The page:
Jeffords introduces healthcare tax credit bill

June 1, 2001

Pharmaceutical Representative

Sen. Jim Jeffords (R-VT) has introduced the Relief, Equity, Access and Coverage for Health Act, a bill that would provide refundable tax credits and other measures designed to reduce the number of uninsured and make health insurance more affordable for millions of low- and moderate-income working Americans.

Sen. Jim Jeffords (R-VT) has introduced the Relief, Equity, Access and Coverage for Health Act, a bill that would provide refundable tax credits and other measures designed to reduce the number of uninsured and make health insurance more affordable for millions of low- and moderate-income working Americans.

"The REACH Act will help the millions of Americans who fall through the gaps of the present system because they don't qualify for public programs and aren't offered subsidized insurance by their employers," said Jeffords at a press conference to unveil the legislation.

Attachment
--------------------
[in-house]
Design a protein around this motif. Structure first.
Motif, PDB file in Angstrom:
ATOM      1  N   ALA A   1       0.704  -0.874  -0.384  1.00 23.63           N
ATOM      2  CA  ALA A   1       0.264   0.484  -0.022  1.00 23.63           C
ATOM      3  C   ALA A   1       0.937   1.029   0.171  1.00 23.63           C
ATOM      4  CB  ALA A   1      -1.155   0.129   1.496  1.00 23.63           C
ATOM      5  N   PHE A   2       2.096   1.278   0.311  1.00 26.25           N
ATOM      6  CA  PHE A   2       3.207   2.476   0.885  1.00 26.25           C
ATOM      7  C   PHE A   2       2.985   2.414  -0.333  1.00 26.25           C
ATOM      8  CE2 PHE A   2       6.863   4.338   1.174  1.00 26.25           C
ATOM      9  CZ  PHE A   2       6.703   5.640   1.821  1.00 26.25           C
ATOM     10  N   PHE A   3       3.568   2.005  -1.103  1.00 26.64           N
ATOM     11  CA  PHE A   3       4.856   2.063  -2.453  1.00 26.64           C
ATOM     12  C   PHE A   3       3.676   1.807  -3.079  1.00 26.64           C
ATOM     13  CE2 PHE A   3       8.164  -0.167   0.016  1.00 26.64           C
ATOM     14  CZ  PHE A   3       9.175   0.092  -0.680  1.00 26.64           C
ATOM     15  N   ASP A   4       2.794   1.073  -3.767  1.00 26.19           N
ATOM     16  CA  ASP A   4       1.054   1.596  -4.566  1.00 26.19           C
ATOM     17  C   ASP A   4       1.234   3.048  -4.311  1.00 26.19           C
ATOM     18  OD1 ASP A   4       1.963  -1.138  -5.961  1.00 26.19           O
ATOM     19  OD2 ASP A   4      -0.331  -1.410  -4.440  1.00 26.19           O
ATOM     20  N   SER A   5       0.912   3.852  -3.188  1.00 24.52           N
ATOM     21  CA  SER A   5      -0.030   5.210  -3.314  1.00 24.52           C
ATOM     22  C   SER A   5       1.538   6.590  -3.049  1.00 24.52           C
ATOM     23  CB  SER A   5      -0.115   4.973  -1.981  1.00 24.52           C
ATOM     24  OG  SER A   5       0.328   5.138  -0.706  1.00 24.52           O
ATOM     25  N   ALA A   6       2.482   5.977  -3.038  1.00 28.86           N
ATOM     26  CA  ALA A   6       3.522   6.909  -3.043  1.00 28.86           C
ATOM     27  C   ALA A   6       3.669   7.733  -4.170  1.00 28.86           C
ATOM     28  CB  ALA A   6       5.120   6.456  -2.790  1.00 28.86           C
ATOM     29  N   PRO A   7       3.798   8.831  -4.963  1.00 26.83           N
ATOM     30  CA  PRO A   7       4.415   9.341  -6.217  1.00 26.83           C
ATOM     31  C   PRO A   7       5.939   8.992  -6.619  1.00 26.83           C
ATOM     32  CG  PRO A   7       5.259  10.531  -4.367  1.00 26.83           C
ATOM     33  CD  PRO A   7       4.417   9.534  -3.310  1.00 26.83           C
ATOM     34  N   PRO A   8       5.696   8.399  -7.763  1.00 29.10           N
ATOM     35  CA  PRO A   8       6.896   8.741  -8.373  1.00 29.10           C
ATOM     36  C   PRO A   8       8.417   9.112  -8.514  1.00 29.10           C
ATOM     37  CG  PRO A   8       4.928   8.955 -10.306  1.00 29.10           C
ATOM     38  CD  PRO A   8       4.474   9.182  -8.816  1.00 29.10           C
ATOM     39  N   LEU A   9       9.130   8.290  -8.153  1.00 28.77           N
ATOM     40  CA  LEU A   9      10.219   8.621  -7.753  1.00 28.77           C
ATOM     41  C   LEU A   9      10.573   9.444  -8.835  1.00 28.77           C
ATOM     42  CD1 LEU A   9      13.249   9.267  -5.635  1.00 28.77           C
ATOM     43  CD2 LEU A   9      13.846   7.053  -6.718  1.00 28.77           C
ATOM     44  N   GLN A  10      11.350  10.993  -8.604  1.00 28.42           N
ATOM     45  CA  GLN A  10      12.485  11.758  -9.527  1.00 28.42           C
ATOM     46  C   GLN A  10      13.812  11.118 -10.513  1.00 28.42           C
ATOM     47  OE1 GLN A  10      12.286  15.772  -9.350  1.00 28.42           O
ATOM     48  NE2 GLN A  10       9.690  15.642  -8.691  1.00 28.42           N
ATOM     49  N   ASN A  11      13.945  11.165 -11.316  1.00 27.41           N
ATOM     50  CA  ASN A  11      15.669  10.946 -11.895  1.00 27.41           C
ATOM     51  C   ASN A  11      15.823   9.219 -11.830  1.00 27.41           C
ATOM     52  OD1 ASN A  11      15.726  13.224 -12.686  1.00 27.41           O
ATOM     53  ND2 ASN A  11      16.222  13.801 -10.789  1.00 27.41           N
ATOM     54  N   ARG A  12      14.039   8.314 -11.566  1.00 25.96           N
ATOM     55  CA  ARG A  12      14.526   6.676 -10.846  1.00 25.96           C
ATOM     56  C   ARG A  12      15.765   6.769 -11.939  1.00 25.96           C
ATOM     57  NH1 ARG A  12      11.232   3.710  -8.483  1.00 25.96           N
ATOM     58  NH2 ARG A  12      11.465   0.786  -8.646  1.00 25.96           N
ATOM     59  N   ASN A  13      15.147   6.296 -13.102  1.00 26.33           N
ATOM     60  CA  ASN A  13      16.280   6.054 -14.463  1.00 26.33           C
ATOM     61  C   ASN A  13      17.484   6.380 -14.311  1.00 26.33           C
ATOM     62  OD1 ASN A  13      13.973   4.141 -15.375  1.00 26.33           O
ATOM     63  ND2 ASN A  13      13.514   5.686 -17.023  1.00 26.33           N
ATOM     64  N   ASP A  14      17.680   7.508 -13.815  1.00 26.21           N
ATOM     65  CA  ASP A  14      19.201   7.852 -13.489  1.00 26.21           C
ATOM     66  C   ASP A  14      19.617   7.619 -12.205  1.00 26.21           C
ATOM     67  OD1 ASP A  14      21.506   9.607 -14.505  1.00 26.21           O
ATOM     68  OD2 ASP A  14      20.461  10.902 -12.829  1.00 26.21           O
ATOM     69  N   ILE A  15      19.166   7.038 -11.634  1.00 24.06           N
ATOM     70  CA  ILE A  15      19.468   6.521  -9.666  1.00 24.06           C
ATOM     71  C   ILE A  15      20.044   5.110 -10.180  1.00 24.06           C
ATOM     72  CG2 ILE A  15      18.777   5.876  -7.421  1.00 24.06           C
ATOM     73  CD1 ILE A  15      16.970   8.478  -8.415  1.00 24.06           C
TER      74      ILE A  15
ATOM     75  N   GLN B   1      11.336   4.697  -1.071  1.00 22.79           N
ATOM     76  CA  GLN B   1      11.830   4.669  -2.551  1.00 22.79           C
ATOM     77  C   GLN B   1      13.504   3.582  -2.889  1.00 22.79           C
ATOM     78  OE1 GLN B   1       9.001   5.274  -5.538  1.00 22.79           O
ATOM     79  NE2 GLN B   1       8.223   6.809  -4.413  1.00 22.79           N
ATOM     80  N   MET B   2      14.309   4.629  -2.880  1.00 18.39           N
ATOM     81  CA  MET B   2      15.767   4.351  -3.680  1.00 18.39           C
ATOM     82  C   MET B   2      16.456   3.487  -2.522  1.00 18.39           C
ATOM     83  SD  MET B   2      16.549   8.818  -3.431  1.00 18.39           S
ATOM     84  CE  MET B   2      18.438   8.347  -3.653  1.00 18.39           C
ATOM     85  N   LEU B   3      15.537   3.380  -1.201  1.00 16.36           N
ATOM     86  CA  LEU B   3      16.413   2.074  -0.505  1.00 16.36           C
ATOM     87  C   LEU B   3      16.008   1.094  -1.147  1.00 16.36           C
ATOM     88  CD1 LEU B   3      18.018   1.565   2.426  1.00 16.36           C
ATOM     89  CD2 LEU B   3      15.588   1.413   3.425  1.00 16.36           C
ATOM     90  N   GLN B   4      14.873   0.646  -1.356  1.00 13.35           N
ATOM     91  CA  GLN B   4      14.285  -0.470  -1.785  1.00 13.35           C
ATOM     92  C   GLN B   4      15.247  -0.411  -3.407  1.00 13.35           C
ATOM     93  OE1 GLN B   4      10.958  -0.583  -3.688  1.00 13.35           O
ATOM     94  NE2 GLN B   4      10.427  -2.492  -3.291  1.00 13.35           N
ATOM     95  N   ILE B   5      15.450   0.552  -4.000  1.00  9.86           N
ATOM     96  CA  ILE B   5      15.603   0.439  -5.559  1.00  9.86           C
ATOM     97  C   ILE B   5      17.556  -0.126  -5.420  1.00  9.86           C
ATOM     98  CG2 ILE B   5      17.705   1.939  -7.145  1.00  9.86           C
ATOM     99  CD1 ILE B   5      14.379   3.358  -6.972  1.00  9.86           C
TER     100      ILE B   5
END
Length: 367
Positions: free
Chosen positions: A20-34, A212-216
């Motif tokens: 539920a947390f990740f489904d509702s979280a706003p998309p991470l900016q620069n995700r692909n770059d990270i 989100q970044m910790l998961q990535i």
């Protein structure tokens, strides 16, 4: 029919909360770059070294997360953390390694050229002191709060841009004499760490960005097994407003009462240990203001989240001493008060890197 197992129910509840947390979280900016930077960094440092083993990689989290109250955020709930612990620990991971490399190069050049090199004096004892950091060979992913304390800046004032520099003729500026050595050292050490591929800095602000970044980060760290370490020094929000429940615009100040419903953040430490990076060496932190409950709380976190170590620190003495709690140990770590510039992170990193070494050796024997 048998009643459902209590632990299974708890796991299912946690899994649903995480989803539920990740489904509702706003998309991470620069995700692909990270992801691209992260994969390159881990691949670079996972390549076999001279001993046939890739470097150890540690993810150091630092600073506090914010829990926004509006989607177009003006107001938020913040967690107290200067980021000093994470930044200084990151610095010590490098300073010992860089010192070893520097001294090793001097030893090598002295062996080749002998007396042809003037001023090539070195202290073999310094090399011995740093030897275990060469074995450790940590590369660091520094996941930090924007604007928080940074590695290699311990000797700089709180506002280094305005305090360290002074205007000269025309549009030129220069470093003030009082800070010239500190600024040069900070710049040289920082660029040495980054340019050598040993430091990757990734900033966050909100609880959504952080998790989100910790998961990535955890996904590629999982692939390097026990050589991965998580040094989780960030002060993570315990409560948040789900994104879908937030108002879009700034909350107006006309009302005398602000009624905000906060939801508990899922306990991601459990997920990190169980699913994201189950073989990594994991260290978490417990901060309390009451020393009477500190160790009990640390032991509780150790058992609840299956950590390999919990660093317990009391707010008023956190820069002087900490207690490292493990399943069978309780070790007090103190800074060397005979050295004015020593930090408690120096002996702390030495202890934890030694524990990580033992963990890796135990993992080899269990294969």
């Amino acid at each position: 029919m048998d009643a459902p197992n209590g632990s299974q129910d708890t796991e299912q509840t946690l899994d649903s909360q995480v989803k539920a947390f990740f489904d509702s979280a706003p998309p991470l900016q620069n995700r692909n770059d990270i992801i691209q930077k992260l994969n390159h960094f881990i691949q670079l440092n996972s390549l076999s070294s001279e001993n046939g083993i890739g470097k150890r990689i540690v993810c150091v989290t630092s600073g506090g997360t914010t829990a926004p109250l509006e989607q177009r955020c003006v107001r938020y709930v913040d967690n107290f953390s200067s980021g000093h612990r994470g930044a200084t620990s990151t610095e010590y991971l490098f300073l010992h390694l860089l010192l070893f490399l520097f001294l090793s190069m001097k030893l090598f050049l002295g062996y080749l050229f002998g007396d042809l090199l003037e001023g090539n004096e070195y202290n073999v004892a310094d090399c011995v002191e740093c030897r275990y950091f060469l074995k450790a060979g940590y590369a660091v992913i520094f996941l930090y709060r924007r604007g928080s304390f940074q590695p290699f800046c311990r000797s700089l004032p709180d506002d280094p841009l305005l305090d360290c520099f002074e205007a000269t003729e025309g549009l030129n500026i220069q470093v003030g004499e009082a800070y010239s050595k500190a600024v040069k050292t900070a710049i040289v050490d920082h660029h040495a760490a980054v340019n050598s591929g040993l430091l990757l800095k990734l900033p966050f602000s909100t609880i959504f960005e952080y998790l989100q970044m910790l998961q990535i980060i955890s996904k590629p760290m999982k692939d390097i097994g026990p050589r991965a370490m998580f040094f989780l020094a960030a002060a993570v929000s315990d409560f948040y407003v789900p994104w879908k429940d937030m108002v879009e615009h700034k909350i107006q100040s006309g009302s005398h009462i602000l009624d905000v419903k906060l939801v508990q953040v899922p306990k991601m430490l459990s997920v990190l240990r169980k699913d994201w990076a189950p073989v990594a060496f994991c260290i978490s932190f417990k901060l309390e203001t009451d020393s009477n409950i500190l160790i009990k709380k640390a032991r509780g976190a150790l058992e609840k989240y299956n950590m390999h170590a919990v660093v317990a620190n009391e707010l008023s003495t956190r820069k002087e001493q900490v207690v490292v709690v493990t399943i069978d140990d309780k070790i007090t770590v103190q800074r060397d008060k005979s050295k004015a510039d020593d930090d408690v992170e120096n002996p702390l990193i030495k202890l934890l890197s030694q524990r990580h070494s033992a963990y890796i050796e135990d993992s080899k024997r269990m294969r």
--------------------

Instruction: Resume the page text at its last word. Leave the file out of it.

Jeffords's legislation would provide a tax credit of $2,500 for families who earn up to $55,000 and a tax credit of $1,000 for individuals who earn up to $35,000, to help defer healthcare costs. The credit is refundable, which means it is available regardless of one's tax liability.

It also allows individuals and families who do have access to employer subsidized coverage to qualify for a $400 annual credit for single coverage and a $1,000 annual credit for family coverage.

Insurance industry responds

The health insurance industry praised the bill for its bipartisanship. "Today, Senator James M. Jeffords introduced a bill that would provide tax credits to help uninsured Americans obtain health coverage," said Health Insurance Association of America President Chip Kahn on the day of the bill's introduction. "The bill was put together by a working group consisting of Senators John Breaux (D-LA), Bill Frist (R-TN), Blanche Lambert Lincoln (D-AR), Olympia Snowe (R-ME), Lincoln Chafee (R-RI) and Tom Carper (D-DE), giving it the kind of bipartisan effort that is needed to deal with America's most pressing health problem – the fact that nearly 43 million Americans lack health insurance. The administration and congressional members of both parties are to be commended for recognizing the need to help the uninsured, and we look forward to working with them in this important endeavor." PR